Then there are the surprises: bestselling novelists who dabbled in theater crit, like Gore Vidal and Langston Hughes and Willa Cather and even Mark Twain (with commentary on minstrel shows.) Bits by writers who were sniffed at by the theater fraternity because they were considered outsiders are gleefully excerpted:  William Goldman’s The Season, Susan Sontag on Marat/Sade.

Playwrights and directors not generally known for offstage pontifications are applauded: Edward Albee’s essay on Absurdism (required reading for those who enjoyed the recent Yale Rep production of his A Delicate Balance), Sherlock Holmes portrayer William Gillette’s “The Illusion of the First Time,” Elia Kazan’s “Audience Tomorrow: Preview in New Guinea,” Charles L. Mee Jr. on “The Becks’ Living Theatre.” As the subjects from this subset alone shows, The American Stage delves into a diversity of theater activities that bring you far beyond the Great White Way. You meet Luis Valdez, Djuna Barnes, Anne Bogart. There’s radical historical Hutchins Hapgood on Yiddish theater in the Bowery and Ed Bullins’ “A Short Statement on Street Theatre.”

Don Marquis’ archy & mehitabel poem about “the old trouper” is happily included, as is golden age radio star Fred Allen’s essay on his vaudeville roots.

The Algonkuin Round Table is represented not just by Dorothy Parker and Alexander Woollcott. There’s also a litany of Robert Benchley’s hilarious one-line dismissals of Abie’s Irish Rose from theater listings he compiled, and a Ring Lardner one-act which parodies modernist theater proclivities of the 1920s. It ends:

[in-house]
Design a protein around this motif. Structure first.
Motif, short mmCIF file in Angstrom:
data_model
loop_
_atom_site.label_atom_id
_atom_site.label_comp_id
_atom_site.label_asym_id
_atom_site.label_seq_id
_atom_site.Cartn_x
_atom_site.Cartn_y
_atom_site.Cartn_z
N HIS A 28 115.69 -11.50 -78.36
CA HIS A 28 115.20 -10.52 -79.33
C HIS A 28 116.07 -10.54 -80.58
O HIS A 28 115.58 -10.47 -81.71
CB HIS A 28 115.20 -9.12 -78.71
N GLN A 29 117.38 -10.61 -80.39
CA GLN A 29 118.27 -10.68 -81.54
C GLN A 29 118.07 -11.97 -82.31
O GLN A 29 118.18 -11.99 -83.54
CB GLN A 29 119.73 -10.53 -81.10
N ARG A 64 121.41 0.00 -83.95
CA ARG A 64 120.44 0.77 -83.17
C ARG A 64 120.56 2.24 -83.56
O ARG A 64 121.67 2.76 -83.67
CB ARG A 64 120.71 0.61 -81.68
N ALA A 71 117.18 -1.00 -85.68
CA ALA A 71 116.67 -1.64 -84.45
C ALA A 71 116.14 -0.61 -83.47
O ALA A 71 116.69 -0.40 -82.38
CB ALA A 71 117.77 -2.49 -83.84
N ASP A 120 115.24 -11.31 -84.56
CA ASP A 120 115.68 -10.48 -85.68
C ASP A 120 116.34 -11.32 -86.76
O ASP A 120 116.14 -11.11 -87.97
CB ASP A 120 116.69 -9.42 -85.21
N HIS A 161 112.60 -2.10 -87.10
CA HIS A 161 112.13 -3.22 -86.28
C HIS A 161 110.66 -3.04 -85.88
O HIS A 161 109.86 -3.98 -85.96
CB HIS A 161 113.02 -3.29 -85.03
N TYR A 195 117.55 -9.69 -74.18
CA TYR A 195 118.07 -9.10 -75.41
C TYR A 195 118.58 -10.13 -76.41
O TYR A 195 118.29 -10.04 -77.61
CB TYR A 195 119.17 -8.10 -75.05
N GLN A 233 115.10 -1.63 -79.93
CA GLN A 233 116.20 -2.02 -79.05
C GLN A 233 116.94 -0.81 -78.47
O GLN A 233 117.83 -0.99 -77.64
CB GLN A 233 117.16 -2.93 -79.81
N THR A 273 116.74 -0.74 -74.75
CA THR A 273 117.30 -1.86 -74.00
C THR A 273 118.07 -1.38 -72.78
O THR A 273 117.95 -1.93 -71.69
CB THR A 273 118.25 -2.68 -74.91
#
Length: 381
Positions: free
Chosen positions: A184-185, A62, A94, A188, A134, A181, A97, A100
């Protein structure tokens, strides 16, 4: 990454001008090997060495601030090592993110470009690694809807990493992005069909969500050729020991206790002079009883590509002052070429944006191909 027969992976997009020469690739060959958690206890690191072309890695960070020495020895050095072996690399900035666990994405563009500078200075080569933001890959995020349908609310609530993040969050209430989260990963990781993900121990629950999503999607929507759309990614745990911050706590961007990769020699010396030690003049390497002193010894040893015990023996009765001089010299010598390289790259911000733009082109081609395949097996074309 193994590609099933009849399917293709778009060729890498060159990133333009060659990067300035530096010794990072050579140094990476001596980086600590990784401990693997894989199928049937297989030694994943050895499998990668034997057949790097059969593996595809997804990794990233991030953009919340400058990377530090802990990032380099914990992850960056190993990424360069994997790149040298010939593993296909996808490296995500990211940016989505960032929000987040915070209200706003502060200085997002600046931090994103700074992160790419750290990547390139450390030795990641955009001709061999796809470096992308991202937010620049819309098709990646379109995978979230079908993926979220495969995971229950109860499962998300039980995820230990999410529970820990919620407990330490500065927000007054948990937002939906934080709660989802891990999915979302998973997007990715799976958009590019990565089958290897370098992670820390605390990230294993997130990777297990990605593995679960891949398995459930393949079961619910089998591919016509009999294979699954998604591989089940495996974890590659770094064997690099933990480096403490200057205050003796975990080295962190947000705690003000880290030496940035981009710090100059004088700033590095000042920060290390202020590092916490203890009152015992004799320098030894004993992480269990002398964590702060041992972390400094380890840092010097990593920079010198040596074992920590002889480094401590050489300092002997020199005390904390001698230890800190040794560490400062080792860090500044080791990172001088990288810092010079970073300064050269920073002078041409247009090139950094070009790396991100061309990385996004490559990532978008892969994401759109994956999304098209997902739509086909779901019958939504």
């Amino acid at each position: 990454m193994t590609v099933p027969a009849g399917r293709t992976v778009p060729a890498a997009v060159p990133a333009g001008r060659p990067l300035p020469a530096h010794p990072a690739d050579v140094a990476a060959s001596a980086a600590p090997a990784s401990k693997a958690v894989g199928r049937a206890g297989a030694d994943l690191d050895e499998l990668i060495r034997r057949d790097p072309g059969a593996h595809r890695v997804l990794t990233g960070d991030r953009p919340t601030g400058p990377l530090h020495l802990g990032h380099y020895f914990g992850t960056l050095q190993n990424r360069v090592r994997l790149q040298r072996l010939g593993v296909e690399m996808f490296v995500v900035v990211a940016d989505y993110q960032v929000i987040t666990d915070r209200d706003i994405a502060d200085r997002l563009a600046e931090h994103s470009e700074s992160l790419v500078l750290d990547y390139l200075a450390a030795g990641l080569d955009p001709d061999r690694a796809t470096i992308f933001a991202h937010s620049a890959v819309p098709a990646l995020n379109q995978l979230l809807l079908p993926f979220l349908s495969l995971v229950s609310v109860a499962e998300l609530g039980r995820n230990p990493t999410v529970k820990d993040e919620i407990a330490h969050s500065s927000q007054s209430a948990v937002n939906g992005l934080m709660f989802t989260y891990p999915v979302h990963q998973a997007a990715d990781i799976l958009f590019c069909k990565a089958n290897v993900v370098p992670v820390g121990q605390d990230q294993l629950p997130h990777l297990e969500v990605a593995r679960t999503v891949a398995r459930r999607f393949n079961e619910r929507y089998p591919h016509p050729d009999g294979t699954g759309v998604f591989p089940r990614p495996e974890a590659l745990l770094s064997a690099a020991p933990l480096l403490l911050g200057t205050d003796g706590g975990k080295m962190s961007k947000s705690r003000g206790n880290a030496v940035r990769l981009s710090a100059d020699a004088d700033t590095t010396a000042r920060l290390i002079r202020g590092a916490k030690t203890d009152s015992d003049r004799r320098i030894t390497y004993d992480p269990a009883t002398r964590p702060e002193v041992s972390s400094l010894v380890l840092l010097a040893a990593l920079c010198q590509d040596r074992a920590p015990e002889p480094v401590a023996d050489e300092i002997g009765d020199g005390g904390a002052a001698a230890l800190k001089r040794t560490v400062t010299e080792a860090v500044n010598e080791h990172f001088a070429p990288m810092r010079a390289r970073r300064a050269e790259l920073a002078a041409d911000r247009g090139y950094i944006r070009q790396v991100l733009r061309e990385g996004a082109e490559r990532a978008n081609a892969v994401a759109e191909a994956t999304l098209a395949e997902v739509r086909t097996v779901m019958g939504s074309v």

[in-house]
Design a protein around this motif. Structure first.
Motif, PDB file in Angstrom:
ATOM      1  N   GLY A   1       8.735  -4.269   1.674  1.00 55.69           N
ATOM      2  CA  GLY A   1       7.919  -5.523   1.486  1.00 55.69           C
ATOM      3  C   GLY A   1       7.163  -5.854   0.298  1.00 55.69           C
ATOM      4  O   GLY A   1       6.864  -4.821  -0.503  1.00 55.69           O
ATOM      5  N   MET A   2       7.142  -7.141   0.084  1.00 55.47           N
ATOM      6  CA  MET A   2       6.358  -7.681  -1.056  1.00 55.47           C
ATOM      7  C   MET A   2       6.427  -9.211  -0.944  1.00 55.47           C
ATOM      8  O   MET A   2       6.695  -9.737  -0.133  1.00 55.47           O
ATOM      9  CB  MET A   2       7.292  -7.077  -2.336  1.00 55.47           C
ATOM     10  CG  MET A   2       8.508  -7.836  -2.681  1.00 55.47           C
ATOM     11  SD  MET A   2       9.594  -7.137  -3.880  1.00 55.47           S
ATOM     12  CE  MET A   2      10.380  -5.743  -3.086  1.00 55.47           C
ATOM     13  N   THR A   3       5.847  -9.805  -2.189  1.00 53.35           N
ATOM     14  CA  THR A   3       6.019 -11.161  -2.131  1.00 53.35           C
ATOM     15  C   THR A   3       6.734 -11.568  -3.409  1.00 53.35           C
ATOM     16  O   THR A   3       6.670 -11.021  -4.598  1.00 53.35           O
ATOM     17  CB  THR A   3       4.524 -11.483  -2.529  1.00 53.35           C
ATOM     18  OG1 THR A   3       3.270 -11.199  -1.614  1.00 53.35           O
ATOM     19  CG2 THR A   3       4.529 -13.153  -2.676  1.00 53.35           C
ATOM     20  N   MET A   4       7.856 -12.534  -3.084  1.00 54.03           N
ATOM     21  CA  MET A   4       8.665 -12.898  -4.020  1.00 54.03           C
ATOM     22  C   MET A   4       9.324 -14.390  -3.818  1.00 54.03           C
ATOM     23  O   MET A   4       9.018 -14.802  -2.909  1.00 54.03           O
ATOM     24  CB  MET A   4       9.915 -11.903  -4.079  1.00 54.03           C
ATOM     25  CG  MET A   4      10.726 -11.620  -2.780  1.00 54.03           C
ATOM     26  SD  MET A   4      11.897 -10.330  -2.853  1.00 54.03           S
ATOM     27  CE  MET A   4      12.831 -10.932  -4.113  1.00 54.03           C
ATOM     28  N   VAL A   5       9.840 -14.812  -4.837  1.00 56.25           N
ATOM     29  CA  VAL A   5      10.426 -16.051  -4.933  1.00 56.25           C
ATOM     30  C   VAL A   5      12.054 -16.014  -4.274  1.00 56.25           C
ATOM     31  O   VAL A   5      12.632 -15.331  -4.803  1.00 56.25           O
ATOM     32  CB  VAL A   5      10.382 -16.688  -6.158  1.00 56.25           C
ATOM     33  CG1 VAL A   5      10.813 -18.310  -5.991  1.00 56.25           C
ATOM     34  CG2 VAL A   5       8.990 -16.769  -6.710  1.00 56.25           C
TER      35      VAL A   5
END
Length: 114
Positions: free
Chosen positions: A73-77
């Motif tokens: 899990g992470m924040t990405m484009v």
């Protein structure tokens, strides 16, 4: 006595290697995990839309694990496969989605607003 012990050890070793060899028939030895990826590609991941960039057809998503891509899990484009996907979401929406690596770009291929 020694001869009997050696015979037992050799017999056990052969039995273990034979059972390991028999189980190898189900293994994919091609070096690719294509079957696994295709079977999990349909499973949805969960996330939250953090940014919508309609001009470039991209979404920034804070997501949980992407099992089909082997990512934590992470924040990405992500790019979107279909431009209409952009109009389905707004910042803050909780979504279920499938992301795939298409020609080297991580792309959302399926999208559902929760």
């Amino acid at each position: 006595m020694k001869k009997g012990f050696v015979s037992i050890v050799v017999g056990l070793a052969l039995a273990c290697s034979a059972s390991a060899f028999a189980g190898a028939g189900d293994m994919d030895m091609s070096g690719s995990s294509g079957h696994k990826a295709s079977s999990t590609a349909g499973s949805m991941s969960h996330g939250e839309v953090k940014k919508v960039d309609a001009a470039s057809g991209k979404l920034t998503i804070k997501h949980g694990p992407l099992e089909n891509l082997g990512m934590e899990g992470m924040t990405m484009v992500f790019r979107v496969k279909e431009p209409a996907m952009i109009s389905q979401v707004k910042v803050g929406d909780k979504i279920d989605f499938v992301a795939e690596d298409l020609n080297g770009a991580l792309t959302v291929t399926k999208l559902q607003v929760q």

FIRST GLUE LIFTER: Well, my man, how goes it?

SECOND GLUE LIFTER: [Sings “My Man,” to show how it goes.]

[Eight realtors cross the stage in a friendly way. They are out of place.]

Senelick’s whole dazzling centuries-spanning The American Stage collection closes with a progressive sense of the potential for theater to continue to make noise and evince revolution, with essays from Spalding Gray, Nation critic Tom Disch (“The Death of Broadway”), Charles Ludlam, Henry Louis Gates, Jr. (on “The Chitlin Circuit” which gave us Tyler Perry), David Mamet (must have been hard to just pick one example of Mamet’s disdain for contemporary theater; Senelick went with “The Problem Play”) and Tony Kushner writing about his wordy tragedy-scribing forebear Arthur Miller. Its opening line: “Arthur Miller died on Bertolt Brecht’s birthday.”

Drama departments nationwide, toss out all your textbooks and replace them with this collection, which redraws the canon and rewrites the definition of what’s cool. Or just treat it like the real involving book it is and curl up by the fireside with it. It’ll make you feel a passion for the American theater which you may have thought you’d never feel again, and which you almost certainly never expected to get in book form.

I’m just thrilled, after all these years, to sit in on another Laurence Senelick lecture.